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What Spices Are Good for Pregnant Women?

by
author image Nicki Wolf
Nicki Wolf has been writing health and human interest articles since 1986. Her work has been published at various cooking and nutrition websites. Wolf has an extensive background in medical/nutrition writing and online content development in the nonprofit arena. She graduated with a Bachelor of Arts in English from Temple University.
What Spices Are Good for Pregnant Women?
A variety of spices for sale at a market. Photo Credit cla78/iStock/Getty Images

Diet is everything when you're pregnant: A developing fetus needs good nutrition to properly grow and avoid birth defects, and a pregnant woman requires proper nutrition to take care of her health needs and keep her energy up. The spices used to boost the flavor of food can influence nutritional intake, so choose spices that contain good vitamins and minerals for fetal and maternal health.

Spices High in Folate

Pregnant women require 600 micrograms of folate per day, a full 200 micrograms more than non-pregnant women. It helps prevent anemia and contributes to red blood cell growth. It also helps prevent some birth defects. You can supplement your diet with folate by choosing spices high in this vitamin, such as curry powder, onion powder, paprika, chili powder and cloves.. These spices often are used in Indian foods and baked goods.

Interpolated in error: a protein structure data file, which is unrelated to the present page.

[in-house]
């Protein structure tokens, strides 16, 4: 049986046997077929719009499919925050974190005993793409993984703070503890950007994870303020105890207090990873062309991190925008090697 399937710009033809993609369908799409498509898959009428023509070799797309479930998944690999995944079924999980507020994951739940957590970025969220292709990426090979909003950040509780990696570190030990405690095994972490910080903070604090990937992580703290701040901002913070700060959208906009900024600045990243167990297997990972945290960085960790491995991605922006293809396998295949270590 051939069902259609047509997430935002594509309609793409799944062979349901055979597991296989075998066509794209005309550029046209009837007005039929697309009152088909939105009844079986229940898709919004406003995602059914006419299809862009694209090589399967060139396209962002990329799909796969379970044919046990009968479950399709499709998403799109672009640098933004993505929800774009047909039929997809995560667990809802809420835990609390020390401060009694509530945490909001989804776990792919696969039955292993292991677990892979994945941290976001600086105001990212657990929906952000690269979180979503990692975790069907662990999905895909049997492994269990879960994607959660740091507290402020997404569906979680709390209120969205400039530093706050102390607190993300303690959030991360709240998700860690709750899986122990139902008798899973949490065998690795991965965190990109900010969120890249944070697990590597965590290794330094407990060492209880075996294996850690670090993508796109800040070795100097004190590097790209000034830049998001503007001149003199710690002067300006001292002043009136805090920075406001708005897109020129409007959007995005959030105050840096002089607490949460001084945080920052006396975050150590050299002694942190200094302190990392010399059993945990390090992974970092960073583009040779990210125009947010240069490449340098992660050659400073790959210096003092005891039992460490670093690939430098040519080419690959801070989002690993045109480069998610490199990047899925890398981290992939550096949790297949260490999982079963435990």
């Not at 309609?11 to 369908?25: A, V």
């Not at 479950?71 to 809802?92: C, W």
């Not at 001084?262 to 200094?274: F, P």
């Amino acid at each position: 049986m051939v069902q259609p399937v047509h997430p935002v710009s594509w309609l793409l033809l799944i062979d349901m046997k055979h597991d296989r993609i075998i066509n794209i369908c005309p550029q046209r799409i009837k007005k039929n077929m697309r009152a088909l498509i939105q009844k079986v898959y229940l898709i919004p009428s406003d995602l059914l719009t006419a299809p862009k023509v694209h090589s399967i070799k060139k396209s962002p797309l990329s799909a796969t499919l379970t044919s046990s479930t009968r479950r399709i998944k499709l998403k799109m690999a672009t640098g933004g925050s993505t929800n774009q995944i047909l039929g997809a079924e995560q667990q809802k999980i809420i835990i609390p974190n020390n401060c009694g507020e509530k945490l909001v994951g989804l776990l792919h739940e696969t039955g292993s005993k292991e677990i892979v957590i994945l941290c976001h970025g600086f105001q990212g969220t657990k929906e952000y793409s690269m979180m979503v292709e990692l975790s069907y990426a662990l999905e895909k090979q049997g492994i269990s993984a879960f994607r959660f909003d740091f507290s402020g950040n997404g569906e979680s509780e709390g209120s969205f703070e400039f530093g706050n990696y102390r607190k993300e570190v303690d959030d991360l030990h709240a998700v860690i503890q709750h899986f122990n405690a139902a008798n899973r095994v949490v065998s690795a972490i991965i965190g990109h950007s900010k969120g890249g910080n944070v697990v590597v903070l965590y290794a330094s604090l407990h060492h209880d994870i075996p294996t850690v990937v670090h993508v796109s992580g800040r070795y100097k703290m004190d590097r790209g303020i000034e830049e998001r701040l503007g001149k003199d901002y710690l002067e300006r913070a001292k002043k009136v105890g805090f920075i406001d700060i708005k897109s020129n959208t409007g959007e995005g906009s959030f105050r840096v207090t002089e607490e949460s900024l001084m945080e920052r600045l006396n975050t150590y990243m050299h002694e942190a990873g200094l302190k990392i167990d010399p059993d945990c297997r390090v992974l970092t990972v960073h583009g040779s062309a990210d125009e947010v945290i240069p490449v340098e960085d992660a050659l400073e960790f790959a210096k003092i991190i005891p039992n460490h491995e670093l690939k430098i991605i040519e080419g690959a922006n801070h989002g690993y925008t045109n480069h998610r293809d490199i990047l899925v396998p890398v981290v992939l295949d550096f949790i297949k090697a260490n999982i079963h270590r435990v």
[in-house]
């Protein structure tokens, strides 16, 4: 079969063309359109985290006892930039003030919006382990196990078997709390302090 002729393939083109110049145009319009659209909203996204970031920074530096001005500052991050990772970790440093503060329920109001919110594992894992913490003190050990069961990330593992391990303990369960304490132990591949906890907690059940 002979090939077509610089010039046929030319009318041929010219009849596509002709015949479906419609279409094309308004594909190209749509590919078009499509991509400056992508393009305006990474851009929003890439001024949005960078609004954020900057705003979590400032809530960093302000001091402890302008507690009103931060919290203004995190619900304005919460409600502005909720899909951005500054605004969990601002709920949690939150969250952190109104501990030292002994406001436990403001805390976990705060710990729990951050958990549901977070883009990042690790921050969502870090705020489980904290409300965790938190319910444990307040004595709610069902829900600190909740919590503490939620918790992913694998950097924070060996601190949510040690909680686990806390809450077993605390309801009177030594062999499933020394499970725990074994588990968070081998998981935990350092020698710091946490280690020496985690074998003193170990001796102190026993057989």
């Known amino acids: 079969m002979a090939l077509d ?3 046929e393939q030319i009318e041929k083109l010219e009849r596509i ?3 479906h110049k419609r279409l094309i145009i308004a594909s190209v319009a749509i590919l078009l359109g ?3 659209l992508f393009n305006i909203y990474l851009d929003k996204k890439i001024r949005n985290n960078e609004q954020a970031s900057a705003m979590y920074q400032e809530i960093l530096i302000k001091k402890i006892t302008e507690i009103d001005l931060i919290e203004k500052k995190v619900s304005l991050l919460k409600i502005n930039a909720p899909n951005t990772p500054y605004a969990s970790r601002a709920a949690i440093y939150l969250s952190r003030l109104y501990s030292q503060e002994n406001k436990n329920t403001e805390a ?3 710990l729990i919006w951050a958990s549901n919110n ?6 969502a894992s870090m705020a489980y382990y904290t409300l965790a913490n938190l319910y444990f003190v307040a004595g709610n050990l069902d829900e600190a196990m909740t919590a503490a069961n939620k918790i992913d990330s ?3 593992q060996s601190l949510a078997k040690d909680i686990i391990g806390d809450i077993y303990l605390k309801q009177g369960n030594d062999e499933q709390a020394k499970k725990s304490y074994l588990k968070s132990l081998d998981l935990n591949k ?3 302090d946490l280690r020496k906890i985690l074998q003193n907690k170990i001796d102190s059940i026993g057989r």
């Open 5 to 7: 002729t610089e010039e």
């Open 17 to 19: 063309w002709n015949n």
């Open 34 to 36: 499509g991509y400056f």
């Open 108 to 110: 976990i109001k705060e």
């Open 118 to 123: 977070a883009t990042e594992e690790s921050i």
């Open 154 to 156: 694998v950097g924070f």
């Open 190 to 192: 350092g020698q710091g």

Spices High in Choline

Getting enough choline in your diet while pregnant -- 450 milligrams per day -- is critical because this nutrient helps brain cells develop as they should, and it might influence your baby's memory and learning abilities later in life. You can kick up the taste of other choline-rich foods such eggs by adding spices such as curry powder, paprika, ground ginger and ground mustard.

Spices High in Omega-3

Omega-3 fatty acids support the production of prostaglandins, compounds that influence blood pressure, allergic response, kidney and gastrointestinal tract function and nerve function. Prostaglandins also might help your growing fetus with eyesight and brain development. The American Pregnancy Association indicates that omega-3 fatty acids help prevent preterm labor and delivery as well. Thyme contains omega-3 fatty acids and often goes well with other foods high in omega-3 fatty acids, such as fish.

Spices High in Vitamin E

A study published in the June 2006 issue of the "American Journal of Respiratory and Critical Care Medicine" indicates that low vitamin E intake during pregnancy correlates to the incidence of asthma in young children. You can get more vitamin E in your diet through the use of spices such as paprika, chili pepper, curry powder, ginger and cloves. The vitamin E in these spices also helps you and your fetus make red blood cells.

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